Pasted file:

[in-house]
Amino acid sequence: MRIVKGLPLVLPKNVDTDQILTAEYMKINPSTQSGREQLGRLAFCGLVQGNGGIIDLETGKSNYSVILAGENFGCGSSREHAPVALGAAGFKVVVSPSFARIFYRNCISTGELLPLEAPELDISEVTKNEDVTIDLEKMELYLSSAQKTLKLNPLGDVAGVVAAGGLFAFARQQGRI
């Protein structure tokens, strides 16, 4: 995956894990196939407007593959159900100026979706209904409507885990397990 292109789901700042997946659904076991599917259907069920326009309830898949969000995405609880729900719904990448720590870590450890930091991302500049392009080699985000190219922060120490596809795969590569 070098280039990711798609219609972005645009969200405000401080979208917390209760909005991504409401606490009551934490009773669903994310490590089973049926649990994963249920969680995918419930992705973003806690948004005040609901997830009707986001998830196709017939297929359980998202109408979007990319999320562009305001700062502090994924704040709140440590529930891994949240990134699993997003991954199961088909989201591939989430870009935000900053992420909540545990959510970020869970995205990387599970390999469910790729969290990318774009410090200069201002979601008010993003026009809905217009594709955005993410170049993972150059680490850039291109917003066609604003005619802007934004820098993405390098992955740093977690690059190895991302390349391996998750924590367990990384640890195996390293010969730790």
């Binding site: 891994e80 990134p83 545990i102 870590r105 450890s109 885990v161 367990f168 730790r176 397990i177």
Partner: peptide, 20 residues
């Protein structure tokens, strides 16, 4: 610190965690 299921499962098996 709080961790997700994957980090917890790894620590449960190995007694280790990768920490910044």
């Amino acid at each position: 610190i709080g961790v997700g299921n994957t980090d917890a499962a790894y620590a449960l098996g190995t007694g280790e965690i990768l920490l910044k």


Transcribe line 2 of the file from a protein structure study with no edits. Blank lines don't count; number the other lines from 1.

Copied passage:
Amino acid sequence: MRIVKGLPLVLPKNVDTDQILTAEYMKINPSTQSGREQLGRLAFCGLVQGNGGIIDLETGKSNYSVILAGENFGCGSSREHAPVALGAAGFKVVVSPSFARIFYRNCISTGELLPLEAPELDISEVTKNEDVTIDLEKMELYLSSAQKTLKLNPLGDVAGVVAAGGLFAFARQQGRI